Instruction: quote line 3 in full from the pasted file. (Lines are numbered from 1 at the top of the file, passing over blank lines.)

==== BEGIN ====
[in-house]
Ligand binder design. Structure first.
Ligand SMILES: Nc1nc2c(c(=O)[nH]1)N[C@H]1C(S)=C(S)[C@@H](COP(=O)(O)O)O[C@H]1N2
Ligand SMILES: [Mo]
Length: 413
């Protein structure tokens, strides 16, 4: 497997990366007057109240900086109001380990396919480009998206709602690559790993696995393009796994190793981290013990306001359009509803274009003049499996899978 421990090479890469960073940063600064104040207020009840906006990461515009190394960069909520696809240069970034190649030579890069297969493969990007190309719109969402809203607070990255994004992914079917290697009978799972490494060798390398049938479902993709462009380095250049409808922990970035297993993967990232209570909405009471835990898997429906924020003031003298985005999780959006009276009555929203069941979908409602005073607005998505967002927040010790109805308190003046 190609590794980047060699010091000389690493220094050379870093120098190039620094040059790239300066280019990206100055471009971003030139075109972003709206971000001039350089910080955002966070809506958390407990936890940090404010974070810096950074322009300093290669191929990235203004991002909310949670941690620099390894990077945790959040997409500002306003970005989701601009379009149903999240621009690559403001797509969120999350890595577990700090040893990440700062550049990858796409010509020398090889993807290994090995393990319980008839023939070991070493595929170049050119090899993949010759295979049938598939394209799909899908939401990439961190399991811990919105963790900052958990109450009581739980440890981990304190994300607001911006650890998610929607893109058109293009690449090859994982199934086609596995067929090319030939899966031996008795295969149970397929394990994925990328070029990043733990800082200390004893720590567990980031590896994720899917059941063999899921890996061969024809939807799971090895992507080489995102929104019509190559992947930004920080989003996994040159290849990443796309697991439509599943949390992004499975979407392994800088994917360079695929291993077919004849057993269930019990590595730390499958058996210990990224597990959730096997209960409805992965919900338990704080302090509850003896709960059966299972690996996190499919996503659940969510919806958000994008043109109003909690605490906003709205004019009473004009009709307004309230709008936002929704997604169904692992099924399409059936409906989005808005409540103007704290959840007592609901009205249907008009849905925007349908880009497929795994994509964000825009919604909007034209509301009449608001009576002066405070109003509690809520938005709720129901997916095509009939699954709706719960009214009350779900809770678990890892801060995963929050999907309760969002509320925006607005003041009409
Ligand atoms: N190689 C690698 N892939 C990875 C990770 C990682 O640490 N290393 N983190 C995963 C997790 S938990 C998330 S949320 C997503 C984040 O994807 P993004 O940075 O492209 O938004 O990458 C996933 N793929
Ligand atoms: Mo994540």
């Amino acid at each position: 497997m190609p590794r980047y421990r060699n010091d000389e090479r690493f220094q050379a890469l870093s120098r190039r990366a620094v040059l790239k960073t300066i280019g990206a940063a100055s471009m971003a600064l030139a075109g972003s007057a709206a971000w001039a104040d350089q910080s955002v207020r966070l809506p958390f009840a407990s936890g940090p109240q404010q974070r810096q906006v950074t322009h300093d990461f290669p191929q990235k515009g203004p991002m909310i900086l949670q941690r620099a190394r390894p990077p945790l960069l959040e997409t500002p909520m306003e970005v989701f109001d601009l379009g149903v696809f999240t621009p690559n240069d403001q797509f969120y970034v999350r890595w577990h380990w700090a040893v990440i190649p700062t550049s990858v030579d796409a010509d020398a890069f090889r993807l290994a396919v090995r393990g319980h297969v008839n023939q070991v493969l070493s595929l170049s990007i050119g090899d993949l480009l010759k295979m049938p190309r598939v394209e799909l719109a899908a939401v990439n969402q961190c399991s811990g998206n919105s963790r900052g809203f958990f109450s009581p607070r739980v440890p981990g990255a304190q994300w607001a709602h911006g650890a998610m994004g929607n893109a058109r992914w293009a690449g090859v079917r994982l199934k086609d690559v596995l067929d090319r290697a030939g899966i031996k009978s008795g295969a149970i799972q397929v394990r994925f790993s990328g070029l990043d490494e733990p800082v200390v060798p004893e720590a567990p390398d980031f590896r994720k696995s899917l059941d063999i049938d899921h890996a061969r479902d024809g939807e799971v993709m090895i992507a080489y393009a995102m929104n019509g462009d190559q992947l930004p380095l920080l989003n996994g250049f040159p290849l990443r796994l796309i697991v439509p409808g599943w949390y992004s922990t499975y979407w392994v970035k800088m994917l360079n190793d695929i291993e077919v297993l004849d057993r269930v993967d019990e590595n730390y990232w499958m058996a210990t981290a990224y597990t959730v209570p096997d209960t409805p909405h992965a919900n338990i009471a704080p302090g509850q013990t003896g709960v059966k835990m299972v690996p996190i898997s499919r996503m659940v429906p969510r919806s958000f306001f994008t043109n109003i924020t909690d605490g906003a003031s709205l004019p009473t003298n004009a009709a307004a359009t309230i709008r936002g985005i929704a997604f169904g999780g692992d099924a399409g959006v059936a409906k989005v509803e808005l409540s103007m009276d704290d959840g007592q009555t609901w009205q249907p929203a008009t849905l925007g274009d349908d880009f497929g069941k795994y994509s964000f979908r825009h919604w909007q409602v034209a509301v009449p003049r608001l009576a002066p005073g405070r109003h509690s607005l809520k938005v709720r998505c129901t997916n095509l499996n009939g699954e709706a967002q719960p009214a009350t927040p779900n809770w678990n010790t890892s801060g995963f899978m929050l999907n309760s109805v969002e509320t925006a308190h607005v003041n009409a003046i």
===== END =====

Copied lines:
Ligand SMILES: Nc1nc2c(c(=O)[nH]1)N[C@H]1C(S)=C(S)[C@@H](COP(=O)(O)O)O[C@H]1N2